“But that would take so much time!” she protested in response to my having walked her and her partner through the intentional set-up of healthy relational dialogue.

And in my direct, no bullshit way I respond, “And so? Why is that a problem? Make the time! What more important things do you have to do?” I then got busy doing what I often do – teaching the less than popular truths, such as this one: Relationships are not efficient.

This axiom does not fare so well in a world that values speed. In our culture of fast everything – fast food, high speed internet, speed dating, mobile this and mobile that. In our society where anything can come to you in your pajamas – the latest fashion, a college degree, dinner, a paycheck. In our world where slow and methodical is out with the US postal service and the dial-up land line. In our instant, microwaveable world, taking the time to be relational, well that is just plain counter-cultural.

Take the typical scene with a small child. It is winter out. She needs to wear a coat to school. You look at your watch. You feel your internal stress-o-meter begin to dial up as time is passing and school and work are not waiting. “Here we go,” you think. It is going to be a battle. She wants to pick her coat. Well, that will take ten minutes. Ten long minutes. And then she has this new thing she learned at school – how to lay the coat on the floor and swing it over her shoulders. She wants to show you this newly acquired and exciting skill that allows her to put the coat on all by herself! Yeah! But you are thinking, “Oh shit. Now, we are all really gonna be late. Just put on the freakin’ coat and get in the car!” But relationships are not efficient. Yes, the world runs on a clock. A very fast, accurate one. But your daughter has more important things on her mind.   She wants you to slow down, see her and appreciate how she has learned to put on her own coat – the clock be damned! Yes, there is a task to do … we have to get the coat on and meet the day on time … but to squeeze her soul into the tight confines of a human-made counting mechanism, well, that borders on treating her like an object rather than a subject, one of a human being. Relationships are not efficient.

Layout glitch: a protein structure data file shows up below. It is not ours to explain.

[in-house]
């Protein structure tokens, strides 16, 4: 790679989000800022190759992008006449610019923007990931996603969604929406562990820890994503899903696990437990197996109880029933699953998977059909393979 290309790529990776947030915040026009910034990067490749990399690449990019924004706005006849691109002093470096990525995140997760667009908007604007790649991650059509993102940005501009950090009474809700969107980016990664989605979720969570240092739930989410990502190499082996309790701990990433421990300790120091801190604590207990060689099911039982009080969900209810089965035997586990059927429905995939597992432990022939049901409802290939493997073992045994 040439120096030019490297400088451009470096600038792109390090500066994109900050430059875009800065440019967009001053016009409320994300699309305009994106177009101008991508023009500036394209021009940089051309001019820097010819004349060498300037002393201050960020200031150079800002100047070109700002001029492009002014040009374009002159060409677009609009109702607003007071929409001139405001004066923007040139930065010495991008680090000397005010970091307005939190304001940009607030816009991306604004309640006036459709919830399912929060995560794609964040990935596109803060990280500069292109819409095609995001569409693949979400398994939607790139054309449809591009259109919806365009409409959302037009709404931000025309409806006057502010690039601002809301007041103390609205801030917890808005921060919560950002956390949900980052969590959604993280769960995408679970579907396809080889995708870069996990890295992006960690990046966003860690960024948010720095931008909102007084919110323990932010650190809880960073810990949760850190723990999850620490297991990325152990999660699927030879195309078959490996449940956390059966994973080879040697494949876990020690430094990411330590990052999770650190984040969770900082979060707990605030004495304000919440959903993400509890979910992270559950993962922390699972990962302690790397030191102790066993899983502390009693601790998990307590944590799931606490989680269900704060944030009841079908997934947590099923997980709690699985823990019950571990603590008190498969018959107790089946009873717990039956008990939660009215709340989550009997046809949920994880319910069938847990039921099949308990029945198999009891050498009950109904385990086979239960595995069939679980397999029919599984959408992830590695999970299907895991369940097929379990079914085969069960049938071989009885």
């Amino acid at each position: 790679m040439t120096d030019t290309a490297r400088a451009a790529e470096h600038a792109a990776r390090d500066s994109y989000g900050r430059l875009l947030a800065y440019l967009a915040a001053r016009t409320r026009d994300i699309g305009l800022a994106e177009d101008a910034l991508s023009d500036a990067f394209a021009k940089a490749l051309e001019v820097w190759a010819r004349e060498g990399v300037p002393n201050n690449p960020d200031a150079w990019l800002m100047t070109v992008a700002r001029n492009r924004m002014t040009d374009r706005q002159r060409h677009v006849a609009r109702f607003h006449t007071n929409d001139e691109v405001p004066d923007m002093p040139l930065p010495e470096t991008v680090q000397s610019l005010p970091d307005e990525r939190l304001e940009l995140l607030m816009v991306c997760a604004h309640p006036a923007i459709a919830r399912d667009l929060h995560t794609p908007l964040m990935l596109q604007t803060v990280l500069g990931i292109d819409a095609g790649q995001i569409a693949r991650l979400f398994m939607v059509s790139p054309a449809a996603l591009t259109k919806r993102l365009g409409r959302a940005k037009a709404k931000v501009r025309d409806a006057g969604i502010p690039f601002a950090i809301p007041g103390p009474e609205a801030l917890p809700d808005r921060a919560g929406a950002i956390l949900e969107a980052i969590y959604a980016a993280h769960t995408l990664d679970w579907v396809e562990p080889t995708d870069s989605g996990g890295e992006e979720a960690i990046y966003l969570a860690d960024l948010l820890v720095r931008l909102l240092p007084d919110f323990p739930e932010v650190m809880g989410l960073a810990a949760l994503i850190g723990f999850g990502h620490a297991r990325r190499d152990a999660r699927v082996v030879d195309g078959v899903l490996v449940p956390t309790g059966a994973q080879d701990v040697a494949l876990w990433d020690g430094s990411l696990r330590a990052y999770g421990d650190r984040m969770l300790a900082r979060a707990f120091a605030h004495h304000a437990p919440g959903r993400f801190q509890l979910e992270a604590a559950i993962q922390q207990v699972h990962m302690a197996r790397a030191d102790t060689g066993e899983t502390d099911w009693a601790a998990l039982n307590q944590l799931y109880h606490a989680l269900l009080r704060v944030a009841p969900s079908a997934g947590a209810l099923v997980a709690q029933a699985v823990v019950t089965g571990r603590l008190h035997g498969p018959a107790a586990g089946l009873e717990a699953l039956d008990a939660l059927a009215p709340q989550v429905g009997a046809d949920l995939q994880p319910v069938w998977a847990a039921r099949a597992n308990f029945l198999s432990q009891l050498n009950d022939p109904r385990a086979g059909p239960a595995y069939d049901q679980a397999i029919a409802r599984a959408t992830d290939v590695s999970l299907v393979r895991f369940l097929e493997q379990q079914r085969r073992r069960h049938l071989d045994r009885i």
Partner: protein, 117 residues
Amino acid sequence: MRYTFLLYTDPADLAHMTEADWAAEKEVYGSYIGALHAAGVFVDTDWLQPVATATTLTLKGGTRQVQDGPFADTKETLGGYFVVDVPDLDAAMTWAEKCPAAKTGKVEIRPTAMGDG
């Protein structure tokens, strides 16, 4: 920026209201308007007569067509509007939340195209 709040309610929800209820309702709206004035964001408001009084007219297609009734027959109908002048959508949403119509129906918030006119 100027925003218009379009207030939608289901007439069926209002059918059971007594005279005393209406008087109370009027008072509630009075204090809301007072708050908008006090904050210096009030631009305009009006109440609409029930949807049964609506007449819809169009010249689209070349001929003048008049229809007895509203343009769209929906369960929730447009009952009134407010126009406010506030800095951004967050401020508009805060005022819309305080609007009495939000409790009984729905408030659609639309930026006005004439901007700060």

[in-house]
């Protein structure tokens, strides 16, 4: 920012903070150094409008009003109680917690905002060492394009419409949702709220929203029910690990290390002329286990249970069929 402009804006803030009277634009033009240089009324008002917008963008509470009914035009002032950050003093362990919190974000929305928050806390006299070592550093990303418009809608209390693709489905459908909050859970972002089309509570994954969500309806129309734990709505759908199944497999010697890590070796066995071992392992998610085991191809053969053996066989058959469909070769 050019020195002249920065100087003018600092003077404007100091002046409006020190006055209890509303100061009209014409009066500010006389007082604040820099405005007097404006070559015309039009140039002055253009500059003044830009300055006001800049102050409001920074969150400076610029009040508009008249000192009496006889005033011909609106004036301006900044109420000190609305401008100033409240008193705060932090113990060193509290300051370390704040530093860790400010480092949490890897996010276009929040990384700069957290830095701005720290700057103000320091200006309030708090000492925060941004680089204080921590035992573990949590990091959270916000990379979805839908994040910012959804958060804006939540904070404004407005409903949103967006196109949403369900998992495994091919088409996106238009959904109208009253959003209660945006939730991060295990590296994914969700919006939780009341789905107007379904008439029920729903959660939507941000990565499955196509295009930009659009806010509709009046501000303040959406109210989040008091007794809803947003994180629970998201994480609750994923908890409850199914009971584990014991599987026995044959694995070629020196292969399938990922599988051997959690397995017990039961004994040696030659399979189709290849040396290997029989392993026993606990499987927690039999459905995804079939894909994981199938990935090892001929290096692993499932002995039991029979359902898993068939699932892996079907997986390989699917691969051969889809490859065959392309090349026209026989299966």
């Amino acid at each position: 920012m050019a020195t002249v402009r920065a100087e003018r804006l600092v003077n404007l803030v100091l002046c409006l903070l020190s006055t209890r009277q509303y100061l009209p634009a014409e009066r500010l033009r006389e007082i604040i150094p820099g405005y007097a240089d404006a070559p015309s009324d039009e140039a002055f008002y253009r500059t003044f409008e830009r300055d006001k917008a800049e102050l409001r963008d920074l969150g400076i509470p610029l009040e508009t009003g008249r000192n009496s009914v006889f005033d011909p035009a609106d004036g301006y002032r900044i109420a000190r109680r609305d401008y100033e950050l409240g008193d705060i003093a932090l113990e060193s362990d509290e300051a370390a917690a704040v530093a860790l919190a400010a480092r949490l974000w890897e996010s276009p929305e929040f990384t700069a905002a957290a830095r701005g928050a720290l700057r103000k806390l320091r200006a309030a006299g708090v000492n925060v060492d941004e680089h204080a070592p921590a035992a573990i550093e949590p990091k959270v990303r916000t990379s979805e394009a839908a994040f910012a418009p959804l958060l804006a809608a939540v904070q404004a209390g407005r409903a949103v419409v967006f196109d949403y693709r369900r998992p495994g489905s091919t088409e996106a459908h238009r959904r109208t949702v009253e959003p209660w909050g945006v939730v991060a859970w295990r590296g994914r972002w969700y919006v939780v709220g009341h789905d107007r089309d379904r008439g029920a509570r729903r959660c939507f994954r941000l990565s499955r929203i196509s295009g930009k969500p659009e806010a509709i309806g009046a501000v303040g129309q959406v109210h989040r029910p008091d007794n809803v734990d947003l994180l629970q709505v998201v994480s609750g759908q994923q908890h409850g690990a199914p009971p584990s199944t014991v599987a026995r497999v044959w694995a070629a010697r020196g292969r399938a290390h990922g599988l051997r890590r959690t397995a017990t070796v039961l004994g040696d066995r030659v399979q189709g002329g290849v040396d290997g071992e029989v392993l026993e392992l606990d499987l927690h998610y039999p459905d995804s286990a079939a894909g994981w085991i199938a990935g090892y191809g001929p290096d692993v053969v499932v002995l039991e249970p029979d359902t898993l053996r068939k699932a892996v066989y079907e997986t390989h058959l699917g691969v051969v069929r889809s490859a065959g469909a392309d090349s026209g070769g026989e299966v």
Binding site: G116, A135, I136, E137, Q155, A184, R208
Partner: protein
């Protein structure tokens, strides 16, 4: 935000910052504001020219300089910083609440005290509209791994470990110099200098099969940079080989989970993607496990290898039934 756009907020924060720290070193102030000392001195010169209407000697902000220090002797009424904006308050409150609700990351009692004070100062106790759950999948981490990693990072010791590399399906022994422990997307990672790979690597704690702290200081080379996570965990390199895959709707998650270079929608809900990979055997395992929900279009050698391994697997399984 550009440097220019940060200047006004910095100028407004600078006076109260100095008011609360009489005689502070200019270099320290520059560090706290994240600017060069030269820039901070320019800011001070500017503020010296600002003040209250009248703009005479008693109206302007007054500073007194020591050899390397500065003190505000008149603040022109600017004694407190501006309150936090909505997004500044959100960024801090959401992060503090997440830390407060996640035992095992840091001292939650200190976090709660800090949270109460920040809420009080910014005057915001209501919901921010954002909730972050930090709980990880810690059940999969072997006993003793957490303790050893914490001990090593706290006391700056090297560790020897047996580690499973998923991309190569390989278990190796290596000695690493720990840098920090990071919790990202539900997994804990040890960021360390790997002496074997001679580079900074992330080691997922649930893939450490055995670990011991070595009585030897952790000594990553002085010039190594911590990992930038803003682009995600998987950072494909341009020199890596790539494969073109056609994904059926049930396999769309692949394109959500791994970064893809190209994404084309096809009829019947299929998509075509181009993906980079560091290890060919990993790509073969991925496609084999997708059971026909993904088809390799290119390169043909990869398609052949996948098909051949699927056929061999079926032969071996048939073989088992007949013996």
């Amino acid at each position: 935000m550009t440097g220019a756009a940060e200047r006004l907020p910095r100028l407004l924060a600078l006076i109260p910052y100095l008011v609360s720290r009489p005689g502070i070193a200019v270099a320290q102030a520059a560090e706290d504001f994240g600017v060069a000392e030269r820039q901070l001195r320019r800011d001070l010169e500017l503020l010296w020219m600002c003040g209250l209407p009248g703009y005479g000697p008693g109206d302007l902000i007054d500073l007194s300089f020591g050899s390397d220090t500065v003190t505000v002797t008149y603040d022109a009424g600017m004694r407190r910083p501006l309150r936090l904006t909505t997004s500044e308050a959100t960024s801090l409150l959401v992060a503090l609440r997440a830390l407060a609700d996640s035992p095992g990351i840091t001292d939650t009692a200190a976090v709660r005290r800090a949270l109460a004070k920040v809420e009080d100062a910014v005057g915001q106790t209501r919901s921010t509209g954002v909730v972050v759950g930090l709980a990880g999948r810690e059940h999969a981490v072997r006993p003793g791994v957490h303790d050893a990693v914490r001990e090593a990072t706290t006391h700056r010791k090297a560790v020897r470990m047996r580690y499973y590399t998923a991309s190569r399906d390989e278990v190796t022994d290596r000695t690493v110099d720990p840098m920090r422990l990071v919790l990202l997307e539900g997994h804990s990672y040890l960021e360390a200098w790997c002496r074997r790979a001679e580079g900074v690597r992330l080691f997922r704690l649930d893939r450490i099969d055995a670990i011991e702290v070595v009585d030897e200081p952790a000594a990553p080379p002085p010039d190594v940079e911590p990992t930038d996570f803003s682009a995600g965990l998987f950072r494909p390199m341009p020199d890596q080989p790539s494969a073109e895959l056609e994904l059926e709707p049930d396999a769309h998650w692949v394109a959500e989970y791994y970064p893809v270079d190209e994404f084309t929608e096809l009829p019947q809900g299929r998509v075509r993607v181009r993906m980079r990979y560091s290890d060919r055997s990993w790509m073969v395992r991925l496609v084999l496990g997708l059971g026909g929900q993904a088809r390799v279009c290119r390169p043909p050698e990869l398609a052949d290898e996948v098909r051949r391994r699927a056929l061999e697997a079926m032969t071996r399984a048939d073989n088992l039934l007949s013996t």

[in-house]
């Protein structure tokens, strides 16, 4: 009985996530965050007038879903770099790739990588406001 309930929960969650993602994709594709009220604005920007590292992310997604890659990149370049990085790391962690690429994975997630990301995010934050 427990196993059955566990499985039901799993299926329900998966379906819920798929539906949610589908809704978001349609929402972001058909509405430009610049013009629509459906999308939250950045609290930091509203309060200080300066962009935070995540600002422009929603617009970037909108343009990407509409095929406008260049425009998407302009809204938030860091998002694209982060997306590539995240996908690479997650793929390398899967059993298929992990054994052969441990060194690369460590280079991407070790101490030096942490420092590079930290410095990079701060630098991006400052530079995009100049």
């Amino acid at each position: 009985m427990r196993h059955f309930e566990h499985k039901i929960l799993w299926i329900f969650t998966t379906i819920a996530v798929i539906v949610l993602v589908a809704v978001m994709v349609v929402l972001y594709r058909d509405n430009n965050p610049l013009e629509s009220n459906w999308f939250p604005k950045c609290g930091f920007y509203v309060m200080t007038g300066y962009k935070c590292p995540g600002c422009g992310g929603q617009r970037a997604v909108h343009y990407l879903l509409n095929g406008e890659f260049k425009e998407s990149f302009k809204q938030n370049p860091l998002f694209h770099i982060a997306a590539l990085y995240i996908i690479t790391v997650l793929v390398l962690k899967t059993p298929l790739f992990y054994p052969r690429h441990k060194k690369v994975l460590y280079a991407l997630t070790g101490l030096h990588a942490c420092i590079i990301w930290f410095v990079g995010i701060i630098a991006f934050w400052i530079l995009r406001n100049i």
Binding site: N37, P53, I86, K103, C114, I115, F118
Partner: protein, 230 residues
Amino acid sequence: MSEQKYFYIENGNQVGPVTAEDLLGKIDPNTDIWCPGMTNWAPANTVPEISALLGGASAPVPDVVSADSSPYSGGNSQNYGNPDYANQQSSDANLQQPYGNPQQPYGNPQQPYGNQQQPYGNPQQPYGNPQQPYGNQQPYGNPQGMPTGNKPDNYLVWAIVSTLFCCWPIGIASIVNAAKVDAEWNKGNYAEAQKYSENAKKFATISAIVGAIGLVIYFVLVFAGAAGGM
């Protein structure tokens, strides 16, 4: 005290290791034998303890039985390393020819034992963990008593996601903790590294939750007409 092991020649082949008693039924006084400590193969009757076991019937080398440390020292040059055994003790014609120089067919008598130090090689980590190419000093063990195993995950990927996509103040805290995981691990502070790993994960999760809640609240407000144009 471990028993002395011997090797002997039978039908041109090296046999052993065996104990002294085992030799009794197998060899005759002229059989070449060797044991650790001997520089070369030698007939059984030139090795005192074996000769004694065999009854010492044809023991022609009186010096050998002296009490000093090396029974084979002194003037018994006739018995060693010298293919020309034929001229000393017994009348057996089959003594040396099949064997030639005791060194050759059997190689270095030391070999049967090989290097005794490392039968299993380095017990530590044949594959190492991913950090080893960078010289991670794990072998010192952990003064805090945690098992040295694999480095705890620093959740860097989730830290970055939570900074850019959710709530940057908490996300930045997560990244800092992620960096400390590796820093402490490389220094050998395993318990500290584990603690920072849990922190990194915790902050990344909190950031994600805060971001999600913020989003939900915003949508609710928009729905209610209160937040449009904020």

We fast forward to our adult years where two grown-ups are navigating the real world in a supposedly connected relationship. Ironically, I am not sure the scene changes much. “Look, honey! Stop, notice me, see me, connect with me!” And yet, we are too busy with our schedules, our demands, our phones, to really take the time to engage in the deliberate and often sluggish art of emotional intimacy. Relationships are not efficient.

Intimacy really fits that old cliché – the one you have a heard a million times over – that what you put into something is what you get out of it. If you settle for a fast food brand, then it will delight instantly with its taste of fat and sugar grams aplenty, even surprise you with a plastic toy every now and again. But long-term satisfaction and sustainability is highly unlikely – unless you just have really bad taste or for that matter, you have never tried anything more substantial and tasty.

Intimacy with any kind of depth and breadth cannot be bought at a drive-thru window. For starters, it requires time, hard work and patience. I expound:

1. Intimacy is an unpredictable adventure. Being in relationship with another human being means that I forgo control. In other words, I am choosing to share my life and my time with you and in so doing, I may need to do things that I would not need to do if I chose to be alone. I will have to be flexible beyond my comfort zone. For example, I may need to stay up late to resolve a seemingly endless conflict. Or I may need to leave work early to meet you at an emergent doctor’s appointment. Or, I may need to pour through hours of choices for our new kitchen tile when would it would be much faster and easier just to pick one myself and have you “agree” with my preference. As you can see, relationships are not efficient.